It is easy to file such work under the banner of critical regionalism and move on, but I believe they do much more than produce a contextual architectural response and beautiful architectural expression. It is common wisdom that using locally sourced materials, drawing from traditional building techniques and climate responsiveness helps lower the carbon footprint of our industry.
The use of natural ventilation for thermal comfort lowers energy consumption in warmer climates over the lifetime of buildings. And if time has made anything evident, it is that palpable bridges between past, present and future in architecture can provide us with a larger and more appropriate palette of responses to local and global challenges alike.
While cities in the Global North are so heavily invested in 20th-century materials and techniques that a volte-face is difficult, the Global South has a unique opportunity to leap ahead and maybe even lead by example. The lack of capital, harsher climates and need to preserve a sense of community are stimulating factors that are producing new proposals for a more sustainable future.
This is something to celebrate and look forward to. So, if the early 20th century was about technological advances, breaking from the architectural past, and the promises of the International Style, the 21st century might be shaping up to take us back to the humanity of architecture, not its technical prowess.
The tessellated brickwork tower extrudes up from the site as a single piece of perforated clay
The studio of the photographer Graciela Iturbide is located on a 7 x 14 metre site in the Niño Jesús neighbourhood, just a few steps from the artist's home. The small three-storey tessellated brickwork tower extrudes up directly from the site boundaries and appears as a single piece of clay that has been perforated and deconstructed. It is supported structurally by almost imperceptible steel tension rods.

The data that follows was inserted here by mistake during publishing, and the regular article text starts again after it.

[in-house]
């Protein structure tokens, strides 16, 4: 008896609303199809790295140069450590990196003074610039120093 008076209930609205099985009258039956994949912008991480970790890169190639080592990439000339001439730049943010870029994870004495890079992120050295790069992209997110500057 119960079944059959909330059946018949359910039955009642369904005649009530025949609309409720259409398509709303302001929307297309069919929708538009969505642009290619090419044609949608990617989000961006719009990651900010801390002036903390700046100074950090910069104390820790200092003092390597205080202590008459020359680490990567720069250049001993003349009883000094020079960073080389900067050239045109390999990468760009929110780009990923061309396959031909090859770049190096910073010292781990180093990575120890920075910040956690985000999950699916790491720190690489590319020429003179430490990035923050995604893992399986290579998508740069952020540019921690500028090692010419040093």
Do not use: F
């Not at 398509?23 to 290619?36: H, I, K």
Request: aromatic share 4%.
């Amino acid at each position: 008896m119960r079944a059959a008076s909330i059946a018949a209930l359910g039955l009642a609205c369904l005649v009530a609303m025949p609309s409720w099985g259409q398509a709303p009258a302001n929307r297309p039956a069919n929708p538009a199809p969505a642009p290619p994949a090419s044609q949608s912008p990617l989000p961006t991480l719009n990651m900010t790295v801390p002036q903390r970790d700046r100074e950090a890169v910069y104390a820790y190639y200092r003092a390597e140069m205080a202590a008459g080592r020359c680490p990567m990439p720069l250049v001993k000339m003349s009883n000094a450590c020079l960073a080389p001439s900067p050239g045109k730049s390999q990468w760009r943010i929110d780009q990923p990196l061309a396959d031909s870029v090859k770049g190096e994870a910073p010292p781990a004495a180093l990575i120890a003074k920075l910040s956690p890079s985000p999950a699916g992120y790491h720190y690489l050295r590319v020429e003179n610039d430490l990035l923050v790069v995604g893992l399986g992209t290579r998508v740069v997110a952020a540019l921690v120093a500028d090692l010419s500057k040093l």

The tall exterior walls enclose the three stacked wood and marble-clad floorplates in the centre, and a deep courtyard garden at either end. Large windows open onto these spaces.
The interior facades reflect the conditions of the surrounding context into the shaded spaces. The vertical elements of services, circulation and a long bookshelf are integrated into the eastern wall, and disappear into the clay volume.
The design seeks to create a place of silence, synthesis and continuity within a compact urban context. It takes strategic advantage of its shape and proportions to ensure that concrete could disappear from the structure and become self-supporting within the repetitive and almost obsessive use of a single material: exposed brick.
Aspiring to appear as both a monolithic mass and an ethereal volume, the play of light and shadow across the punctuated brick walls creates a distinctive and empowering open atmosphere for the inhabitant. (from the architects’ project description)
Mariam Kamara is a Nigerien architect, a graduate of the University of Washington. Previously she studied computer science at New York University and Purdue University and worked in software development for several years. In 2013 she was one of the founding members of united4design, a collective of architects working on projects in the United States, Afghanistan and Niger. They collaborated to produce projects such as Niamey 2000 in Niger. In 2014 Kamara founded atelier masōmī, an architecture and research firm through which she tackles a wide range of public, cultural, residential, commercial and urban projects. An example is the religious and secular complex of Dandaji, winner of the 2017 Gold LafargeHolcim Award for Africa and the Middle East and the 2018 Silver Global LafargeHolcim Award for sustainable architecture. Kamara’s work is guided by the belief that architects can conceive spaces capable of providing a better quality of life. Through her practice she aims to discover innovative ways of doing so. Since 2018 Kamara has been David Adjaye’s protégé in the Rolex Mentor and Protégé Arts Initiative programme. In 2019 she won the Prince Claus Award. She is an adjunct associate professor at Brown University in Providence, Rhode Island.
- Iturbide Studio
- Coyoacán, Mexico City
- Taller | Mauricio Rocha + Gabriela Carrillo |
- Design team:
- Rafael Carrillo, Gerson Huerta, Pavel Escobedo, Esterlina Campuzano, Elizabeth Waites, Enrique Ibarra
- Structural engineering:
- Grupo SAI Gerson Huerta – Ingeniería Estructural Sismoresistente
- Rafael Carrillo – Taller 499
- Electrical and hydraulic systems:
- Tomás Rodríguez
- Graciela Iturbide
- Site area:
- 100 smq
- Total floor area:
- 162 smq
- Design and construction: